Austin-based investor Matt Dennis spent more than two decades managing international equity portfolios for INVESCO before recently moving to start S5 Capital. He credits his ability to manage multiple mandates for both institutional and retail client portfolios, ultimately growing them to in excess of $30bn, to an intentional, organized, and productive approach to his day. Matt takes a structured approach to his daily schedule. His paradigm incorporates things such as the OPA (Outcome/Purpose/Action) framework, and numerous “productivity hacks” that he has picked up over the years, including chunking, and attacking creative work first and reactive work second based on research showing that motivation and energy are greatest early in the day, not in the afternoon. He also values the wisdom of focus and the leverage derived from habits imparted by such authors as Cal Newport, Stephen Covey, James Clear, etc.
How Matt Dennis Makes Time for Everything
Matt’s typical day is organized around productivity and personal investment time. He wakes up around 5:20 am in Austin, Texas and spends 30-45 minutes on a stretching/core/breath/gratitude routine before enjoying coffee and 20 minutes of reading. After his morning routine, he takes a shower and has breakfast with his daughters before sending them off to school.
At 7:00 am, Matt Dennis heads to the office, where he looks to prioritize his most important tasks during the first 90 minutes of the day. These tasks could include preparing for an upcoming earnings release and conference call, reading financial reports, refining an investment thesis, consolidating company notes, or reviewing his capital market day notes. During this time, he often wears noise-canceling headphones to help minimize distractions and increase the odds of facilitating a state of flow. In the second 90 minutes of his workday, Matt sifts through research and industry pieces from various resources, identifying those most relevant to his near-term focus and worthy of incremental analysis.
After a mid-morning email check, Matt takes 45-60 minutes to work out before lunch. He allocates the next hour refocusing on his priorities for the day choosing to push time for phone calls and email replies to the afternoons. At the end of his workday, he spends 5-10 minutes identifying 1-2 priorities for the next day and organizing his workspace, claiming that this incremental step has had an outsized impact on his productivity and ensuring that he stays focused on targeted outcomes since making this a part of his routine.
In his personal time, Matt enjoys cooking as a creative outlet, often making dinner before spending time with family or relaxing with personal reading or a Netflix show with his wife. Good sleep is a priority and he is often in bed early, typically around 9:45 – 10:00 pm.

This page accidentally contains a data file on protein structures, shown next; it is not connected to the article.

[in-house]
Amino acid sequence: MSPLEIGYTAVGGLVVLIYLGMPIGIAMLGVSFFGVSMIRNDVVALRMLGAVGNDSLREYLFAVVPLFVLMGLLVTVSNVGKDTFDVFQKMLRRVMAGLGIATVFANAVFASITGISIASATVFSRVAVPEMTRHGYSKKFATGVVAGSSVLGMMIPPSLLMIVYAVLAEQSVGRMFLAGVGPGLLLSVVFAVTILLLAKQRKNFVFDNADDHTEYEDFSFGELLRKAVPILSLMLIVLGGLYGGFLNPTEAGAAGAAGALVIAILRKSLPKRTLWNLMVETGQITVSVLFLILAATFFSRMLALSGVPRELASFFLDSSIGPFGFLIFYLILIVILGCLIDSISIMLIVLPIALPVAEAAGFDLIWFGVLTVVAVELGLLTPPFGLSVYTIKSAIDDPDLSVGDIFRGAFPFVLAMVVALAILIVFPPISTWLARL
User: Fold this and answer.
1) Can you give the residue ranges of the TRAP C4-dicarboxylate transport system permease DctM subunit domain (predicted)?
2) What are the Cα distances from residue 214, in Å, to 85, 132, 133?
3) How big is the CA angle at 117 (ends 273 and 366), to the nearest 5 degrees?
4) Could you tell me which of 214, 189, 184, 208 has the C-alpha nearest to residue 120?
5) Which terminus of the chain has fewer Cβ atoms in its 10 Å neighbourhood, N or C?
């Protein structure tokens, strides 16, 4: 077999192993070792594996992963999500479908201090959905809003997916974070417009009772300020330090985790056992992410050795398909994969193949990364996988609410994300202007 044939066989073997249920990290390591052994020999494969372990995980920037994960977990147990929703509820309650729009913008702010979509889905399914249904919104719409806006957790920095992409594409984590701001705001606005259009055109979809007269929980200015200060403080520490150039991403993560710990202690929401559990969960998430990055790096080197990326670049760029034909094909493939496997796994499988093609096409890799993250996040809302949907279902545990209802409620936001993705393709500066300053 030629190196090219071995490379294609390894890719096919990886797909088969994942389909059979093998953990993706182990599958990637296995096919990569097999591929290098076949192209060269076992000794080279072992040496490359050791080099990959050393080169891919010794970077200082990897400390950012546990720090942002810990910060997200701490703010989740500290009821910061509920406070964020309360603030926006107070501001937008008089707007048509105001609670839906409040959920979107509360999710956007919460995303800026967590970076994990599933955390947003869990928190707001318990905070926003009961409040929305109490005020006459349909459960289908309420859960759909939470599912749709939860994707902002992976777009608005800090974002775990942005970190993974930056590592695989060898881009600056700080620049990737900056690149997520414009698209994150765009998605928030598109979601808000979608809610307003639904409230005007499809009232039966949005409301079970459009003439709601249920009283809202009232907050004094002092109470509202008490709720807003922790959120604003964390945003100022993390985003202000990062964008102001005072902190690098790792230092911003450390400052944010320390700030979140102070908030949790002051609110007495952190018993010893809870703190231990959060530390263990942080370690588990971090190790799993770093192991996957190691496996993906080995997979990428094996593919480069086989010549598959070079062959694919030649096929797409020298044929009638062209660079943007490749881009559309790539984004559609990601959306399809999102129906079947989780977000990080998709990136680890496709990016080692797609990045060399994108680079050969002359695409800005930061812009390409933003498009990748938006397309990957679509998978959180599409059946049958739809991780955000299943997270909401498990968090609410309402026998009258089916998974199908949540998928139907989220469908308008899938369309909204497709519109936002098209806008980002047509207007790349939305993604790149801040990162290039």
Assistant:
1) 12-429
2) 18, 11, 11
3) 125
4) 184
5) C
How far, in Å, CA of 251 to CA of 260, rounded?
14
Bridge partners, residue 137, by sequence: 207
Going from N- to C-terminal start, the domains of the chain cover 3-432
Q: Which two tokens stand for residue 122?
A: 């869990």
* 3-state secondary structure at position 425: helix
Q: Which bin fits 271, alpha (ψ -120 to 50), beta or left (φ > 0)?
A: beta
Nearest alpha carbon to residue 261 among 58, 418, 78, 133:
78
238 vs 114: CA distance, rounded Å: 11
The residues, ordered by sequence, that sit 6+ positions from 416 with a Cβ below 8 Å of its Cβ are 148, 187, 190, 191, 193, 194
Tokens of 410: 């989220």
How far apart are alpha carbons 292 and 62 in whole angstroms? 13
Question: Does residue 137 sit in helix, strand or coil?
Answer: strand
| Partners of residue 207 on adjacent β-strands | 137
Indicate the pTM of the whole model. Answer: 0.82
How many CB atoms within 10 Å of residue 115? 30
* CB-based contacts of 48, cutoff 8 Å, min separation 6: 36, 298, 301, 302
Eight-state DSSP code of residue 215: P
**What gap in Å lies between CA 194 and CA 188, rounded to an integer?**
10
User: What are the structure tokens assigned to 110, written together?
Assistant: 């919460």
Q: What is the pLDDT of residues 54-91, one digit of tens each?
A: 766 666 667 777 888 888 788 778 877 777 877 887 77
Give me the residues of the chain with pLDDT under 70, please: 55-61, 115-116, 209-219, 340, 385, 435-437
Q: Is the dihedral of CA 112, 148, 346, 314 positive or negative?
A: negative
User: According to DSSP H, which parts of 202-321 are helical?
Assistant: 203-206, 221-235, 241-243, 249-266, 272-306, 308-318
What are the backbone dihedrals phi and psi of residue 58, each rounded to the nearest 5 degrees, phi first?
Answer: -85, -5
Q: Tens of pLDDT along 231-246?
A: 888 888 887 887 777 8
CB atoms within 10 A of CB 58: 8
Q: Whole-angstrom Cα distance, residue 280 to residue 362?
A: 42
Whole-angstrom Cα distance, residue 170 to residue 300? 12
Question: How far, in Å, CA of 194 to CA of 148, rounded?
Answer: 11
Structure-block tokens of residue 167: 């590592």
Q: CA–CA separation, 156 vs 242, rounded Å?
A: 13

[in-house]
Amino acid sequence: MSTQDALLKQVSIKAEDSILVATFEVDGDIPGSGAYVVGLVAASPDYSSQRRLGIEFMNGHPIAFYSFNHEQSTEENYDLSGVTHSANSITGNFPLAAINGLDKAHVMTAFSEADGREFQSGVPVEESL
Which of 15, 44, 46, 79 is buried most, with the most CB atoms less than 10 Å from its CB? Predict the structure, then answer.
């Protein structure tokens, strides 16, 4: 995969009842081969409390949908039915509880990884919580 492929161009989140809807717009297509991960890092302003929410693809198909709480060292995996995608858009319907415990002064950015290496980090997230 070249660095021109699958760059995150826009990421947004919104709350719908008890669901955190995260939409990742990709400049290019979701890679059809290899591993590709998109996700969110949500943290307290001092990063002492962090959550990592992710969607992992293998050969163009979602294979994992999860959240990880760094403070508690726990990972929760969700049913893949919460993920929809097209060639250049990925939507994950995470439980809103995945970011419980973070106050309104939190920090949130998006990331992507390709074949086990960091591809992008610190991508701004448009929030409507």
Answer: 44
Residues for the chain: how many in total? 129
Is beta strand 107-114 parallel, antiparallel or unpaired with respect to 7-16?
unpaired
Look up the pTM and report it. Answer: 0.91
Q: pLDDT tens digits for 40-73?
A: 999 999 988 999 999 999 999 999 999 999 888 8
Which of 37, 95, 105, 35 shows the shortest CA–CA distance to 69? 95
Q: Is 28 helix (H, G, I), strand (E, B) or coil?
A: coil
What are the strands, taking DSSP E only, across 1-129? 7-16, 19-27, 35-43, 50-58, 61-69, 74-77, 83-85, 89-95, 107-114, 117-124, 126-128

In recent years, he has added a 3:1 balance rule, attempting to ensure that for every 3 work-related priorities he must include at least 1 item that is not work-related but rather dedicated to personal renewal, family, or friends. Matt’s main objective is a balanced day with time for all of his priorities.
Matt is also a proponent of the OPA framework to stay more focused on the big-picture Outcomes he’s trying to achieve, rather than find himself mired in useless To-Do lists daily. OPA requires that he create and prioritize the Outcomes he’s working towards, intentionally linking the Purpose for doing them, and only then brainstorming the specific Actions necessary to accomplish them.
Over the years, he has learned to appreciate the compounding effect of consciously filtering out noise, particularly given his focus on capital markets and the virtually constant stream of news flow that is available to investors. In order to mitigate this risk to productivity, Matt has adapted his process to avoid allocating unnecessary time to engaging with professional financial tools such as Bloomberg, which he believes can steal exceptional amounts of time from ill-disciplined investors given the dopamine hit that comes from clicking on news flow items in search of information that is often irrelevant to his investing focus. “I am an active user of all the data/news/research Bloomberg has to offer across asset classes and markets globally as it is a powerful tool to help manage money. However, over-consumption can also easily rob you of efficiency”, he says. While professional success is important to him, it’s not more important than his family, health, friendships, or personal goals. For this reason, he does not allow it to consume his every waking moment.
Advice to Those Starting Out
In addition to a thoughtful productivity framework and appreciation for the benefits of making time for people and things that bring you joy in life, Matt Dennis recommends that young professionals save more, take more risks early on, travel more, read more, embrace accountability, embrace the power of compounding in all aspects of life, identify and cultivate mentors early in their careers.
He also cautions: “Don’t waste precious time or energy with business partners or employers who don’t value culture and the best of what a good culture has to offer. They either walk the walk, or they don’t. If you are in a position to promote constructive change, engage. If not, move on. You won’t regret it.”
With a refreshingly well-balanced approach to life, in addition to a successful career, it’s advice worth noting.